Virus-Hit Carrier Heads Back to Sea After 2 Months

By Simon Veazey

Virus-hit carrier USS Theodore Roosevelt is finally back at sea after being benched on the pacific island of Guam for almost eight weeks.

The Navy announced on May 21 that the nuclear-powered ship was underway in the Philippine Sea—although it has left some of the 5,000 crew behind.

“After moving nearly 4,000 crewmembers off ship and cleaning the entire ship from bow to stern, the appropriate number of crew members to operate the ship underway have returned from quarantine after passing rigorous return-to-work criteria,” said the Navy in a statement.

However, according to USNI News, officials say that this will likely be the first of a few shorter sailings before the carrier heads out for a lengthy deployment.

The carrier was on deployment for the 7th fleet in the Pacific when it was hit by the outbreak, and stayed put in Guam after a scheduled stop on March 27.

“It feels great to be back at sea,” said Rear Adm. Stu Baker, commander, Carrier Strike Group (CSG) 9. “Getting Theodore Roosevelt and Carrier Air Wing 11 one step closer to returning to their mission in the Indo-Pacific is a great achievement for the crew.”

NTD Photo
The aircraft carrier USS Theodore Roosevelt (CVN 71) operates in the Philippine Sea on May 21, 2020. (U.S. Navy photo by Mass Communication Specialist Seaman Kaylianna Genier)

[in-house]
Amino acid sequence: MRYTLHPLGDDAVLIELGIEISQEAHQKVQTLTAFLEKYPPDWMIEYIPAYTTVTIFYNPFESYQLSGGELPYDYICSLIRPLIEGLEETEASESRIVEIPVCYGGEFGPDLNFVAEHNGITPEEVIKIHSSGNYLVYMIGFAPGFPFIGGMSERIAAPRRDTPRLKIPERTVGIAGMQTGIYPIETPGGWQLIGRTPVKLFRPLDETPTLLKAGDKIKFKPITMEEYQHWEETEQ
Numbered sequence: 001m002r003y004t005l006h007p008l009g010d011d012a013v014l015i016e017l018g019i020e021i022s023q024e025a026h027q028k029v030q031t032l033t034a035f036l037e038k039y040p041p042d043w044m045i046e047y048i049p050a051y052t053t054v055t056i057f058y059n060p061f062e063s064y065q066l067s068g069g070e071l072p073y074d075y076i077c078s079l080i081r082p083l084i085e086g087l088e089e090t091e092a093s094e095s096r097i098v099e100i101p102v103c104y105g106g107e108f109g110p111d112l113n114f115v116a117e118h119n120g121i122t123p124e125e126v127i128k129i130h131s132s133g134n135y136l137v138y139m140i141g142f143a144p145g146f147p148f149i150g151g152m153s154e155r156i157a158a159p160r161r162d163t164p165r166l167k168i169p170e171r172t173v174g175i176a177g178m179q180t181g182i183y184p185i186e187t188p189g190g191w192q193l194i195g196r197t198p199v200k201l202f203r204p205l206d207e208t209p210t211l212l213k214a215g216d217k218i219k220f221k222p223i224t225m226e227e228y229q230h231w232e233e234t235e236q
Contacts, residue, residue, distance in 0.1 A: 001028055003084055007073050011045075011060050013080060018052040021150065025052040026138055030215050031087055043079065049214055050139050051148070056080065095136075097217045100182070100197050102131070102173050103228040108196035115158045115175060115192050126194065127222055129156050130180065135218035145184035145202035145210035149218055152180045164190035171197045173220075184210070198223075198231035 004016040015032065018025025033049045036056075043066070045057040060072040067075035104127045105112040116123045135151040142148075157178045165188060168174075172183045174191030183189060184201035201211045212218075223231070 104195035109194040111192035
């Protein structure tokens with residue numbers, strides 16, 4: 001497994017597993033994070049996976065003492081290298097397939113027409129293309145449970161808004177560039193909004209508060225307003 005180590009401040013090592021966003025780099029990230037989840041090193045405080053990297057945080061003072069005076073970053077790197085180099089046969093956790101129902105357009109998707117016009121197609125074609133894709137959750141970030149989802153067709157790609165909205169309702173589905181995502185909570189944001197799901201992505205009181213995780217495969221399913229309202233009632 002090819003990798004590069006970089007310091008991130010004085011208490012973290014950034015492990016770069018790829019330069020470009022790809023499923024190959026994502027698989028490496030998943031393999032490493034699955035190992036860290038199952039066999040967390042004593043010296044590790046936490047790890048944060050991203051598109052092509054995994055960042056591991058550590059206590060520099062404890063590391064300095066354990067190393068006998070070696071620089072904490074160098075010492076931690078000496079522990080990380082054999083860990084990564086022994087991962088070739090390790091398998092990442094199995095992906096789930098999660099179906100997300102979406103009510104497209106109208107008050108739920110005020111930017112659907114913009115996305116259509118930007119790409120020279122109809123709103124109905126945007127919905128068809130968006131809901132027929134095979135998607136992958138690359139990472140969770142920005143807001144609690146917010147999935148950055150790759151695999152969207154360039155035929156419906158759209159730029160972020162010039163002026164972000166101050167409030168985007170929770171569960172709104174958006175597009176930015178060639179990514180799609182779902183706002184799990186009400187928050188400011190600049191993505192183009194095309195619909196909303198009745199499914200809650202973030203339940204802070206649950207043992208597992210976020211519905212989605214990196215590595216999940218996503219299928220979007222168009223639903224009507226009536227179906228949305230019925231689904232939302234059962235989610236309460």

In total, around 1,000 crew members tested positive for COVID-19, as the crew was systematically tested and quarantined while the ship was cleaned.

One sailor on the carrier became the first and only member of the armed forces on active duty to die so far from the virus.

The Navy is now using a concept called “scaled manning,” selecting only the crew members for particular missions to come on board.

“We are scaling our manning on board based on our mission requirement,” said Capt. Carlos Sardiello, Theodore Roosevelt’s commanding officer. “Carrier qualification requires fewer personnel than other missions, and bringing fewer sailors on board will enable enhanced social distancing while underway.”

The crew is also enacting other COVID-19-prevention strategies, including wearing masks, medical surveillance of 100 percent of the crew, adjusted meal hours, minimizing in-person meetings, sanitizing spaces, and a simulated medevac.

“It was an unprecedented challenge to get to this point and I’m proud of the Rough Rider Team’s tenacity and resiliency in the face of uncertainty,” said Sardiello. “We are extremely thankful for the dedicated support and hospitality of Gov. Leon Guerrero, her staff, and the people Guam. They have been steadfast and proactive partners throughout. We are also thankful for the efforts of our fellow service members on Guam for their resolute support. We owe them all a debt of gratitude that words cannot express.”

From The Epoch Times